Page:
Government & Associations57
The City of Devonport is ideally located on the Mersey River in the heart of the beautiful North West Coast of Tasmania. This unique location opens up the City to the river, ocean and mountain views, and a lifestyle by its 25,628 residents.
Devonport offers a safe and pristine environment, friendly and welcoming people and plenty of opportunities. Devonport is the major sea gateway to Tasmania and its thriving port is the home for the two passenger ferries, Spirit of Tasmania 1 & 2. These ferries connect Devonport with Melbourne, offering daily sailings. Devonport airport is the third largest in Tasmania, with frequently scheduled daily services to Melbourne's Tullamarine Airport.
Devonport is particularly well known for its reserves and recreational facilities. From the kilometres of walking and cycling tracks, beautiful beaches, a river suitable for a number of water sports, great fishing and numerous parklands, the City encourages an active and family friendly lifestyle.
Cultural facilities include the Devonport Regional Gallery, which has a collection of Tasmanian art works, ceramics, prints and photographs; the Bass Strait Maritime Centre, with a collection relating to early shipping activities; and the Devonport Entertainment & Convention Centre, which is the premier entertainment facility on the North West Coast.
Although the municipal area is small in size for Tasmania, at only 114 square kilometres, it is the centre for a rich agricultural district which produces a significant amount of Tasmania's vegetable crops (beans, onions, peas and potatoes), as well as cereals, oil poppies, pyrethrum and other crops. Dairy production and processing is also significant.
Secondary industries include processing of agricultural products, which represent a large share of total Australian production. The region also produces cement of which large tonnages are exported through the Devonport port.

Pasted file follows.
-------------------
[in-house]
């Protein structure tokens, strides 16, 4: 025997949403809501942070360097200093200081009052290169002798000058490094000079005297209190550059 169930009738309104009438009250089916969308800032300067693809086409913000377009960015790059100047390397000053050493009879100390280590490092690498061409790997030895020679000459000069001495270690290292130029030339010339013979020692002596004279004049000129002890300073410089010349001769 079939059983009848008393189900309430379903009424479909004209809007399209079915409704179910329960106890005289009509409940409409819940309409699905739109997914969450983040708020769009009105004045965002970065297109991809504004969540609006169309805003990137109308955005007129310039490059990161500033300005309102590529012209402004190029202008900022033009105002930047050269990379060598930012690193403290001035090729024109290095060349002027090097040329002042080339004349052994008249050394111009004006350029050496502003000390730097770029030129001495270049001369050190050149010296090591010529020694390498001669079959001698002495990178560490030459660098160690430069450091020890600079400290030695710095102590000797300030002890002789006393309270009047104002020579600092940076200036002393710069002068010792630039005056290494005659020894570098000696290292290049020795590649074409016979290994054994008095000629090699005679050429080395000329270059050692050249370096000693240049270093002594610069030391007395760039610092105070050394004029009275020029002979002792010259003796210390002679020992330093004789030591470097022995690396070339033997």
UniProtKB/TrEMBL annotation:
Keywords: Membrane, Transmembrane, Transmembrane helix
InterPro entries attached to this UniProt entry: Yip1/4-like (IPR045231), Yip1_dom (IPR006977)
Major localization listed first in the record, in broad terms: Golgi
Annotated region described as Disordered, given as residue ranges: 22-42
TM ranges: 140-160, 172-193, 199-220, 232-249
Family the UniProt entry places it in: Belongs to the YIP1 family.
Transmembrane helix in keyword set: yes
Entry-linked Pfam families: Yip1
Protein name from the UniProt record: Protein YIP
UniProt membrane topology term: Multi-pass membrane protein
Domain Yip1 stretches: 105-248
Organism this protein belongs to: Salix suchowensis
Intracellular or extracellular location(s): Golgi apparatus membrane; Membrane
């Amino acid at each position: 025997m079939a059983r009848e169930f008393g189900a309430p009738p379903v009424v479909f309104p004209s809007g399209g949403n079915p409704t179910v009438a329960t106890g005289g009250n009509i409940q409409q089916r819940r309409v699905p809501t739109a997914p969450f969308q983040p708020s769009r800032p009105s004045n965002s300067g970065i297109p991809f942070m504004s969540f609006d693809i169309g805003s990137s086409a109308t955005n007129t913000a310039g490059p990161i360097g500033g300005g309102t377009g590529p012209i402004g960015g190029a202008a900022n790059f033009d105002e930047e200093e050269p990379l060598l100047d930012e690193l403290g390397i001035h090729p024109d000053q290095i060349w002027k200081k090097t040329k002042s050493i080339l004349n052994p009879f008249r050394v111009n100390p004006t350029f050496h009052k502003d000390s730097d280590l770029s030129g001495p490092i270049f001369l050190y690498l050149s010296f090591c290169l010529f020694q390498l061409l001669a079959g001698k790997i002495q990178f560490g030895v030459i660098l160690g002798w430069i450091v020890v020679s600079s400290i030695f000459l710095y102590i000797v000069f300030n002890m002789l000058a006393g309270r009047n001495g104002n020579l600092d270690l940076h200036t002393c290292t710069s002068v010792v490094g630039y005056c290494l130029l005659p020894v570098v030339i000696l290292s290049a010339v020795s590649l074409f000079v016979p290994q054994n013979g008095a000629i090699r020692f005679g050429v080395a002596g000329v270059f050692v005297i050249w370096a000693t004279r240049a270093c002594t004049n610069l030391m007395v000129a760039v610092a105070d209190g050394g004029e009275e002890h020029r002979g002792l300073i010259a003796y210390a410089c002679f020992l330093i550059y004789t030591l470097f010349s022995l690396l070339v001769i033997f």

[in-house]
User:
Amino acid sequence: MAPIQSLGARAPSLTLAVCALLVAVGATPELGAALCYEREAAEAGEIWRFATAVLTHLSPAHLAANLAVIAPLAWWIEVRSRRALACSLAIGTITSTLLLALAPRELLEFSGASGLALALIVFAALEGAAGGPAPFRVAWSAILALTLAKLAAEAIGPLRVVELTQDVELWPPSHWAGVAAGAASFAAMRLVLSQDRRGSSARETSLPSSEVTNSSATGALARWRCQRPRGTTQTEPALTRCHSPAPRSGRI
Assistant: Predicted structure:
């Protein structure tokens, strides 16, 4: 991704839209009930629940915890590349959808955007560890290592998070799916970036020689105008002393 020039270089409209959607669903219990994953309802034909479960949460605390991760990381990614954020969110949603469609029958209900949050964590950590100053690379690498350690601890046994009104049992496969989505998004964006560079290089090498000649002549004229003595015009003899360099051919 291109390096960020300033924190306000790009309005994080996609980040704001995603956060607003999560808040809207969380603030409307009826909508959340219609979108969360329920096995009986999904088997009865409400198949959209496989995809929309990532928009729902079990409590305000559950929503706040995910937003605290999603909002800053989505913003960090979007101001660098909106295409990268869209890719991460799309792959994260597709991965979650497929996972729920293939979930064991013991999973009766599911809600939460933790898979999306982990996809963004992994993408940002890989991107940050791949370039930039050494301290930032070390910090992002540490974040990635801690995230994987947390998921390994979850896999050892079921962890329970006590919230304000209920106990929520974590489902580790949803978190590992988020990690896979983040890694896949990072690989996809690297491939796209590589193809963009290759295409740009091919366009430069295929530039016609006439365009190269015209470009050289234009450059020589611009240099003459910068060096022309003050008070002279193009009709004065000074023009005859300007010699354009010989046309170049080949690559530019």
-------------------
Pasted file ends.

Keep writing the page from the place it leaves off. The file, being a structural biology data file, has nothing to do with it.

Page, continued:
We're also planning for the future and leading the way in the re-invigoration of the CBD through the LIVING CITY project.
We welcome you to Devonport and invite you to explore our website to learn more about how we support the life of our community, and about the exciting future we're building in Devonport.
Properties in Tasmania are re-valued by the Office of the Valuer-General under the Valuation of Land Act 2001 for the purpose of local government rating and tax purposes.
General revaluations are issued every six years, with properties within the Devonport municipal area last revalued in 2015.
Planning & Development
f you are building or changing the way you use your land you may need a planning permit and/or a building permit.
Planning permits relate to the use of land in accordance with the planning scheme. A planning permit allows land to be subdivided, developed or used for a particular purpose, such as the use and construction of a house and any associated works; tree removal or to operate a business or other commercial activity.
Building permits relate to structures and are required to ensure a construction complies with the Building Regulations 2016. A building permit may be required for a structure, fence or retaining wall. Building permits are issued by a private registered building surveyor.
When a planning permit is required, it will need to be approved prior to a building permit being issued. A building permit must be consistent with requirements of the planning permit.
We provide assistance and advice about construction and land use in Devonport. Prior to commencing any works talk to a planner to see if a planning permit is required, and then find a building team to discuss obtaining a building permit.
Our wetlands are important ecosystems for native flora and fauna. Such areas were previously referred to as 'swamps' or 'bogs and tended to be viewed as unproductive land that was best drained and filled.
As land became scarce wetlands also began to be seen as potential development or agricultural sites. Many housing and industrial sub-divisions in Devonport, as in other parts of the world were built on land that was previously wetlands.
Today it is accepted that well functioning wetlands have enormous benefits for the environment and the community.
Amongst other things they:
Provide habitat for native flora and fauna (including our own endangered Central North Burrowing Crayfish Engaeus grantulatus)
Act as a water filter, purifying water as it flows through the wetland
Act as retention basins for water when there are floods
Add nutrients to the water and soil
Serve as recreation areas for such activities as walking and observing wildlife
Improve the appearance of the landscape by contributing to its diversity
Are educational tools for flora and fauna studies
Are useful scientific research sites
Are culturally important for nature appreciation